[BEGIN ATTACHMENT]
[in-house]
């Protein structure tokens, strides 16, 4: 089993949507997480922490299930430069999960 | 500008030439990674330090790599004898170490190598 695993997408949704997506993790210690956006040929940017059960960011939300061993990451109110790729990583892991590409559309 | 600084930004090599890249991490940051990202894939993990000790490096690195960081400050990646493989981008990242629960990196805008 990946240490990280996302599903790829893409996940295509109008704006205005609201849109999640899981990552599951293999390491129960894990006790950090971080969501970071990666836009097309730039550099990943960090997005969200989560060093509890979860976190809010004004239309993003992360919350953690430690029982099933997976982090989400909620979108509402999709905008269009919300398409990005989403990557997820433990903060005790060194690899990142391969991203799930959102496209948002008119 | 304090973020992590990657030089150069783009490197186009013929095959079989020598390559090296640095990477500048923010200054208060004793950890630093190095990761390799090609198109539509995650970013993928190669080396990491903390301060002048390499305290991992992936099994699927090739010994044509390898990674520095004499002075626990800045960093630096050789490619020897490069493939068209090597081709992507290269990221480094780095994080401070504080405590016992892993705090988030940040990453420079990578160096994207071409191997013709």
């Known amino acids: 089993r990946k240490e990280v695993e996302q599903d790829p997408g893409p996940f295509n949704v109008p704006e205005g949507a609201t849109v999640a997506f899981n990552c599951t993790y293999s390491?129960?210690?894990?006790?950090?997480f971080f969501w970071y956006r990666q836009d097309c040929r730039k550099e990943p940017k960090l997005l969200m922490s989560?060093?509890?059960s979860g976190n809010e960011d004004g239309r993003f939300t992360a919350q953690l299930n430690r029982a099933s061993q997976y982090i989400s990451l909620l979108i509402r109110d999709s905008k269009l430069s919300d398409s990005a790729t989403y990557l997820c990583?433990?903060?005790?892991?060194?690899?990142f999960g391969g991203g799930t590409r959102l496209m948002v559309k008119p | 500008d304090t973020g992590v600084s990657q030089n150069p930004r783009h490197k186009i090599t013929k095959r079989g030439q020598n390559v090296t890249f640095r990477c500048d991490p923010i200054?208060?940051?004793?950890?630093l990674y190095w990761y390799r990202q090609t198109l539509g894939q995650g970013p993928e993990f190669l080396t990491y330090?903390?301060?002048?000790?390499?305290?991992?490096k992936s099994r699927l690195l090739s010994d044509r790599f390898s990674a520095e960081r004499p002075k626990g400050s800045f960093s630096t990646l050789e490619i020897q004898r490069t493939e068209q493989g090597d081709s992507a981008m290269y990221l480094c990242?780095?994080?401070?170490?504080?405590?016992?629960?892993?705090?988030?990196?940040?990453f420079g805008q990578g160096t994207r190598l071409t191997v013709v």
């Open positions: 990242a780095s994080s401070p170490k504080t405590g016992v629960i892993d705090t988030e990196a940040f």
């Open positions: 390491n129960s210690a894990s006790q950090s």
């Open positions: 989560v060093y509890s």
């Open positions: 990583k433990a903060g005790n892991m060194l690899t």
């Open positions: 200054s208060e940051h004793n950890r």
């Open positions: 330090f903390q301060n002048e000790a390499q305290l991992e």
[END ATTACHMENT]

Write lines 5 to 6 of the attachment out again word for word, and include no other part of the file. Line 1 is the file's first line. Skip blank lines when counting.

């Open positions: 390491n129960s210690a894990s006790q950090s």
């Open positions: 989560v060093y509890s």